How 1954 Changed History
From Publisher: Every year has its share of notable events, but some years seem to capture the essence of a decade in a handful of months. The year 1954 is one such year. It began in January with a celebrity marriage heard round the world and then progressed through a series of major political, social, and cultural milestones that would echo through the next several decades. The years following World War II were a time of increased wealth and confidence, years that saw the rise of a solid, increasingly powerful middle class in America. With rising wages, major developments in consumer goods and entertainment, increasing opportunities for housing and education, amazing medical breakthroughs, the spread of interstate highways - it was a decade of optimism for many after the horrors of depression and war. But the 1950s were also years of increasing Cold War paranoia and unrest among the disenfranchised Americans that were not experiencing the same freedom and prosperity as their fellow citizens. With the 10 lectures of How 1954 Changed History, you will travel back to a pivotal year in a decade that is often viewed in terms of the black-and-white simplicity of cheerful mid-century sitcoms. However, the issues of the decade were actually as vibrant and contradictory as any other period in American history. Professor Michael Flamm will take you through the battle against polio, the Red Scare that gripped the nation, the domestic impact of foreign conflicts, and the groundbreaking case of Brown v. Board of Education. As you look at these events and much more, you will see how the year 1954 showcases both some of the best and some of the worst times of 20th-century America.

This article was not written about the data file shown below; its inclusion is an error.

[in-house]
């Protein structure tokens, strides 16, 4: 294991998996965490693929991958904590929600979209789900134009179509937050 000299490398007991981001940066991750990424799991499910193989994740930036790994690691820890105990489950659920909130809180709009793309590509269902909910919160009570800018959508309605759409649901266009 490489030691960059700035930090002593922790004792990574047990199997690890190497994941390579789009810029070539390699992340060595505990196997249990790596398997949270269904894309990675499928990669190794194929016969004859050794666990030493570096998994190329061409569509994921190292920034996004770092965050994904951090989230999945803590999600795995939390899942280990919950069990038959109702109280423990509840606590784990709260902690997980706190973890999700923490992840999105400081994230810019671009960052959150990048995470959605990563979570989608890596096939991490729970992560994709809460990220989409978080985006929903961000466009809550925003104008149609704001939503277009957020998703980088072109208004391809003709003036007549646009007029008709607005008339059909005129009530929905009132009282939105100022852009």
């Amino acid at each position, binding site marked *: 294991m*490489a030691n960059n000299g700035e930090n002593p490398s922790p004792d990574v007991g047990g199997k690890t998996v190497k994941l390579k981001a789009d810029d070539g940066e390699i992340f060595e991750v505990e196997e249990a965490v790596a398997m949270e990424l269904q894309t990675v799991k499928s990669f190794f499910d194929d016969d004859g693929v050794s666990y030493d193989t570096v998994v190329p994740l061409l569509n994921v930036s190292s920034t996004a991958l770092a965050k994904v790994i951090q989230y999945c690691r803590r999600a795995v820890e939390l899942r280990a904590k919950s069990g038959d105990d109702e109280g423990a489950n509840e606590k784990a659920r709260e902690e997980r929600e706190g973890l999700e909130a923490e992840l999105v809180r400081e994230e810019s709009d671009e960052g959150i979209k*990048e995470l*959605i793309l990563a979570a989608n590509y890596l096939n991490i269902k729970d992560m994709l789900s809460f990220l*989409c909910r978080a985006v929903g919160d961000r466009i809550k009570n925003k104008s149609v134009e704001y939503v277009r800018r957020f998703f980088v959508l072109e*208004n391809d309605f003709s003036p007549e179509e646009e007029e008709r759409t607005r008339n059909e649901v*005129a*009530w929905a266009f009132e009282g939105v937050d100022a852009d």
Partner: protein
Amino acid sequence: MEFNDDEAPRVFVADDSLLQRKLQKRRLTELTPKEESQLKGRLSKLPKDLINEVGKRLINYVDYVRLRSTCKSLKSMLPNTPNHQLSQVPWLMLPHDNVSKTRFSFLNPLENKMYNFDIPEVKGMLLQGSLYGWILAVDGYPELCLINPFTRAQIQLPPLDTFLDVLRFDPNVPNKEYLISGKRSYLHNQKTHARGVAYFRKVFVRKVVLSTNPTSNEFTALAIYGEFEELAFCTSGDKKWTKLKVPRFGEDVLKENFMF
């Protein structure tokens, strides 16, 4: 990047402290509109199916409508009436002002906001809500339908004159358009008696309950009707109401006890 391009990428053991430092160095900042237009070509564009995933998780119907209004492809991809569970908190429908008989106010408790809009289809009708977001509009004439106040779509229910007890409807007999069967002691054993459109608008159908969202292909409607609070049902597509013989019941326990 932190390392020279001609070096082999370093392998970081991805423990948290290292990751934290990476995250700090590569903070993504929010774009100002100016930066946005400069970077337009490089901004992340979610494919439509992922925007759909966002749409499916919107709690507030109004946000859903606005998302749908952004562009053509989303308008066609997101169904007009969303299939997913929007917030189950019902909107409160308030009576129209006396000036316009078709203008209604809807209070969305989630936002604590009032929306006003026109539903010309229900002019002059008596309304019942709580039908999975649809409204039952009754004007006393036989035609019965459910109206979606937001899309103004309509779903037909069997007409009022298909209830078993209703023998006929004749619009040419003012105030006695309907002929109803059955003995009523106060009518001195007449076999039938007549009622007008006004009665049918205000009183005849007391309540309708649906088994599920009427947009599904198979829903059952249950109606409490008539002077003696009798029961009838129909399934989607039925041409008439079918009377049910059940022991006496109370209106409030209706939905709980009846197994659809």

Flamm, Michael W., "How 1954 Changed History" (2020). History Faculty Work. 41.